You’re probably familiar with the saying, “if you see something, say something.”
Perhaps your suspicion will be false, but you never know unless you speak up.
An Indiana man is alive today because a team of radio hosts noticed a suspicious cry for help — and they did something in response.
It all started when Plainfield resident Brett Wrin called the radio show “The Smiley Morning Show” asking for marital advice.
At the time, Wrin’s life was in a dark place. He knew he was depressed, his marriage was on the fritz and he was overwhelmed with life.
After the phone call, Wrin was left in a funk after hearing negative feedback from listeners on-air and online.
“I am usually good with negative feedback, but that day, with the whole depression kind of just building up, I just decided that it was the time,” Wrin told WTHR-TV.
Wrin went into his house and attempted to end his life.
But something inside Wrin prompted him to reach out for help, just one last time. He sent a series of short messages out on Twitter, directed at the radio show hosts at WZPL.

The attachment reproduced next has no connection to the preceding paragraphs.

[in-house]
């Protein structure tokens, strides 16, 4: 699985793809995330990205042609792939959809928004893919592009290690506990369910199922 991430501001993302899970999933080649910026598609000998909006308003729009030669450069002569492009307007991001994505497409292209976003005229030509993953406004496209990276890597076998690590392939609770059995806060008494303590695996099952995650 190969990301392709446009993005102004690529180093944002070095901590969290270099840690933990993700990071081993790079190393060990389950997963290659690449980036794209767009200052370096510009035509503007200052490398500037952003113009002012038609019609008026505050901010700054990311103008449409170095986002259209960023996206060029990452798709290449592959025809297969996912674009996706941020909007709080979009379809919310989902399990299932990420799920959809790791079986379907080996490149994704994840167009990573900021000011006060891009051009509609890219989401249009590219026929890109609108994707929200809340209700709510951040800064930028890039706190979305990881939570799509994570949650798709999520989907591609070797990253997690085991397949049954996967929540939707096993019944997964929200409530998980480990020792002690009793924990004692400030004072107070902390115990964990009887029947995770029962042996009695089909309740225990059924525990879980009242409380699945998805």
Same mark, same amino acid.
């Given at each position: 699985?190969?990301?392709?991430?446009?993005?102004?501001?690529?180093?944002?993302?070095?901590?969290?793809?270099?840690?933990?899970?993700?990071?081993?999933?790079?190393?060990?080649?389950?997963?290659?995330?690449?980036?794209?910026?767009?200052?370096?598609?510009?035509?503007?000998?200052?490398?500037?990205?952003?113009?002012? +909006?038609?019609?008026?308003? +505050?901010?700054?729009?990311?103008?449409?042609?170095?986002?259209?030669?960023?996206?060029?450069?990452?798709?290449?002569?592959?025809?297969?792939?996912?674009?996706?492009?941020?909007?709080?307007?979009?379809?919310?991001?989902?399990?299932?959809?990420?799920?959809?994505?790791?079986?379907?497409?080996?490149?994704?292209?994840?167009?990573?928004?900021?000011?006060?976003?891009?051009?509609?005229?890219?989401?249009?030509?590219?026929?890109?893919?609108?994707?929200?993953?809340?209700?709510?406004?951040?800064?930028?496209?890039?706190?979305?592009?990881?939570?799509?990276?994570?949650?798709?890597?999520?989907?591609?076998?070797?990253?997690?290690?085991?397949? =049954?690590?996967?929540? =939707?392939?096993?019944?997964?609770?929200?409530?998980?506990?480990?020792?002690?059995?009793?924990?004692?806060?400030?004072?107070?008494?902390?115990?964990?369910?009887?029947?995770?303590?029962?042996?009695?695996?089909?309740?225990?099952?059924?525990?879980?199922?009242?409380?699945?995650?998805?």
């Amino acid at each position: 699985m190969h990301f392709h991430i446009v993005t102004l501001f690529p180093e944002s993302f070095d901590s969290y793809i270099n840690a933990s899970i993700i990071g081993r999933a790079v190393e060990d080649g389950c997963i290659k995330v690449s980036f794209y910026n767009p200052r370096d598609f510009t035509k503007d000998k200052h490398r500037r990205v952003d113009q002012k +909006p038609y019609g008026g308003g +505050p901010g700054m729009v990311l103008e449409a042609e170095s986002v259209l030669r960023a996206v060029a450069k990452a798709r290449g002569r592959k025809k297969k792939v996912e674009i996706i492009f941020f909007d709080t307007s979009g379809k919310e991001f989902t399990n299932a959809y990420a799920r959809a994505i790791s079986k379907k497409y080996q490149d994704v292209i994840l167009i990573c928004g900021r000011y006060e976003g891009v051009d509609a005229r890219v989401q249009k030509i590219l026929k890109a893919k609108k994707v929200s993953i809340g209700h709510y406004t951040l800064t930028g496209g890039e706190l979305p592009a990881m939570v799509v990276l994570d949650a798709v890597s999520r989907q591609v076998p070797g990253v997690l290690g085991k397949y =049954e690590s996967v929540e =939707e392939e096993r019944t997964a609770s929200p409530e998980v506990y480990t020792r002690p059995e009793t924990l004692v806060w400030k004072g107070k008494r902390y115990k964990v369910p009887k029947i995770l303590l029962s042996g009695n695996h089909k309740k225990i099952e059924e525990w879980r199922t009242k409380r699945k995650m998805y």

Smiley Morning Show co-host Nikki Reed was one of the people to read Wrin’s desperate, vague tweets.
“A tweet from him first that was kind of like, none of it matters now, and mentioned taking some pills, and then there was another tweet that it should be over soon,” Reed said.
“I remember feeling very panicked,” Reed said. “So Toni, Will and I ran over to our program director and we said, ‘Hey this is going on. We don’t know if it’s true or not true, but we are worried.'”
By the time the team managed to track down Wrin’s approximate location and alert police, Wrin’s medication had already kicked in.
Wrin remembered managing to open the door for police and being whisked away to a hospital.
Today, Wrin has a team of radio hosts to thank for saving his life.
“I am hoping that people will know that a random group of people from a radio station took the time out of their day to make sure I stayed alive,” Wrin said.
“People, no matter who you are, if you think you don’t have anybody, you have somebody standing in your corner.”
A year later, Wrin’s life is much healthier these days, which he hopes will encourage others not to give up.
“I think so many people don’t see the end of the rainbow,” Reed said. “They don’t understand it can get so much better and all you need to do is keep working at it and he’s done a great job, and he is a wonderful example of how it can always get better.”
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